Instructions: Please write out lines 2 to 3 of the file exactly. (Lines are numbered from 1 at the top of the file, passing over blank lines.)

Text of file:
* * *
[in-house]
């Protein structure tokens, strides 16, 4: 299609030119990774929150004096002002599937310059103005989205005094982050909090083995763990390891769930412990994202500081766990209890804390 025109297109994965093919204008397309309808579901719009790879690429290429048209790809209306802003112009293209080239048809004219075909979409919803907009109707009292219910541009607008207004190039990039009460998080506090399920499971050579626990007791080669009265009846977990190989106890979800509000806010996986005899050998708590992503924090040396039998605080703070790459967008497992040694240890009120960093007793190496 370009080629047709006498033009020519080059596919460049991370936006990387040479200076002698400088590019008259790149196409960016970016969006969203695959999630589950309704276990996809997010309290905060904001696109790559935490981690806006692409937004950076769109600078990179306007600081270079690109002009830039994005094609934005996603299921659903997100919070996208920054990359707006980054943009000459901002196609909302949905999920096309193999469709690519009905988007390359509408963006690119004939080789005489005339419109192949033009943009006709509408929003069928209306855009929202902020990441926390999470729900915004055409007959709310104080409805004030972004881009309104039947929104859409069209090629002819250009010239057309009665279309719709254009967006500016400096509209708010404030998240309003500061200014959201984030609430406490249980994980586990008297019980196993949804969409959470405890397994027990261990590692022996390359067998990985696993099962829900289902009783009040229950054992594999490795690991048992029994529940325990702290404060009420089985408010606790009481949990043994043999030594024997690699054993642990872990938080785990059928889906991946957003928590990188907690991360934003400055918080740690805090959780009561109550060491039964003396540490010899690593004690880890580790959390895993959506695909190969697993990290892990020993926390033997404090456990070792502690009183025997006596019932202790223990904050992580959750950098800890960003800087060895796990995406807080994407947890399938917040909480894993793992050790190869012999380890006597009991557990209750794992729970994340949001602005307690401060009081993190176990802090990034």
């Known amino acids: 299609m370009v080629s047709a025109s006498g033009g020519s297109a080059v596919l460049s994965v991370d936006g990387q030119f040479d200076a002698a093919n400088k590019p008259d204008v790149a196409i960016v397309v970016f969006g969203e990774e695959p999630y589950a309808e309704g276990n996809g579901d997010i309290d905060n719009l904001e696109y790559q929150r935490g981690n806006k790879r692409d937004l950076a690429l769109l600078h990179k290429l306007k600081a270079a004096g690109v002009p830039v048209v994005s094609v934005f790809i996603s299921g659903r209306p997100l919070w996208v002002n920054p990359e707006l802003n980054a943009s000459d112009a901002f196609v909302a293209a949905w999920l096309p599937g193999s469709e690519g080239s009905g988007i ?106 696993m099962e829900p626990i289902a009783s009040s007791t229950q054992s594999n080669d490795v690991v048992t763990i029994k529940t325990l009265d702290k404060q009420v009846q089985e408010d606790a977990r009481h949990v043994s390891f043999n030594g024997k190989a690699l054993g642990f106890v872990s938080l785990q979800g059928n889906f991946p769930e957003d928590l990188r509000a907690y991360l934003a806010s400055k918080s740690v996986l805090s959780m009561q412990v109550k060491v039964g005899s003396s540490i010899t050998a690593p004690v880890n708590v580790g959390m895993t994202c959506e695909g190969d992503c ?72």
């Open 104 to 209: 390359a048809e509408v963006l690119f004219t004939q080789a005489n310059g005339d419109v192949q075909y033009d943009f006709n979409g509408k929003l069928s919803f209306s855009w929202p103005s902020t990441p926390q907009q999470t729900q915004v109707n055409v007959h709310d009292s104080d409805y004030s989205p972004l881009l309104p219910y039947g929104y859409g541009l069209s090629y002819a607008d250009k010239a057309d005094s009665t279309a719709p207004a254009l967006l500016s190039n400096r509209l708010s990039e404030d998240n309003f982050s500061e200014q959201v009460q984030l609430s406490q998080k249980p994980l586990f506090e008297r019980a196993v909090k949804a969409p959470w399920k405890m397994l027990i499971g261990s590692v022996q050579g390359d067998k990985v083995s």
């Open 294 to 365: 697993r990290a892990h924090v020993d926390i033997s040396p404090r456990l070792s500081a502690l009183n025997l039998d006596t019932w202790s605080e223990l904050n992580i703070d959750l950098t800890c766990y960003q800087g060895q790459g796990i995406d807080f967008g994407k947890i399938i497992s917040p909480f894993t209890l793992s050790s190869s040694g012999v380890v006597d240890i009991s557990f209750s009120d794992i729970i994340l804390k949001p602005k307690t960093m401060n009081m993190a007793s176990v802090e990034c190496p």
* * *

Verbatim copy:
């Protein structure tokens, strides 16, 4: 299609030119990774929150004096002002599937310059103005989205005094982050909090083995763990390891769930412990994202500081766990209890804390 025109297109994965093919204008397309309808579901719009790879690429290429048209790809209306802003112009293209080239048809004219075909979409919803907009109707009292219910541009607008207004190039990039009460998080506090399920499971050579626990007791080669009265009846977990190989106890979800509000806010996986005899050998708590992503924090040396039998605080703070790459967008497992040694240890009120960093007793190496 370009080629047709006498033009020519080059596919460049991370936006990387040479200076002698400088590019008259790149196409960016970016969006969203695959999630589950309704276990996809997010309290905060904001696109790559935490981690806006692409937004950076769109600078990179306007600081270079690109002009830039994005094609934005996603299921659903997100919070996208920054990359707006980054943009000459901002196609909302949905999920096309193999469709690519009905988007390359509408963006690119004939080789005489005339419109192949033009943009006709509408929003069928209306855009929202902020990441926390999470729900915004055409007959709310104080409805004030972004881009309104039947929104859409069209090629002819250009010239057309009665279309719709254009967006500016400096509209708010404030998240309003500061200014959201984030609430406490249980994980586990008297019980196993949804969409959470405890397994027990261990590692022996390359067998990985696993099962829900289902009783009040229950054992594999490795690991048992029994529940325990702290404060009420089985408010606790009481949990043994043999030594024997690699054993642990872990938080785990059928889906991946957003928590990188907690991360934003400055918080740690805090959780009561109550060491039964003396540490010899690593004690880890580790959390895993959506695909190969697993990290892990020993926390033997404090456990070792502690009183025997006596019932202790223990904050992580959750950098800890960003800087060895796990995406807080994407947890399938917040909480894993793992050790190869012999380890006597009991557990209750794992729970994340949001602005307690401060009081993190176990802090990034």
């Known amino acids: 299609m370009v080629s047709a025109s006498g033009g020519s297109a080059v596919l460049s994965v991370d936006g990387q030119f040479d200076a002698a093919n400088k590019p008259d204008v790149a196409i960016v397309v970016f969006g969203e990774e695959p999630y589950a309808e309704g276990n996809g579901d997010i309290d905060n719009l904001e696109y790559q929150r935490g981690n806006k790879r692409d937004l950076a690429l769109l600078h990179k290429l306007k600081a270079a004096g690109v002009p830039v048209v994005s094609v934005f790809i996603s299921g659903r209306p997100l919070w996208v002002n920054p990359e707006l802003n980054a943009s000459d112009a901002f196609v909302a293209a949905w999920l096309p599937g193999s469709e690519g080239s009905g988007i ?106 696993m099962e829900p626990i289902a009783s009040s007791t229950q054992s594999n080669d490795v690991v048992t763990i029994k529940t325990l009265d702290k404060q009420v009846q089985e408010d606790a977990r009481h949990v043994s390891f043999n030594g024997k190989a690699l054993g642990f106890v872990s938080l785990q979800g059928n889906f991946p769930e957003d928590l990188r509000a907690y991360l934003a806010s400055k918080s740690v996986l805090s959780m009561q412990v109550k060491v039964g005899s003396s540490i010899t050998a690593p004690v880890n708590v580790g959390m895993t994202c959506e695909g190969d992503c ?72």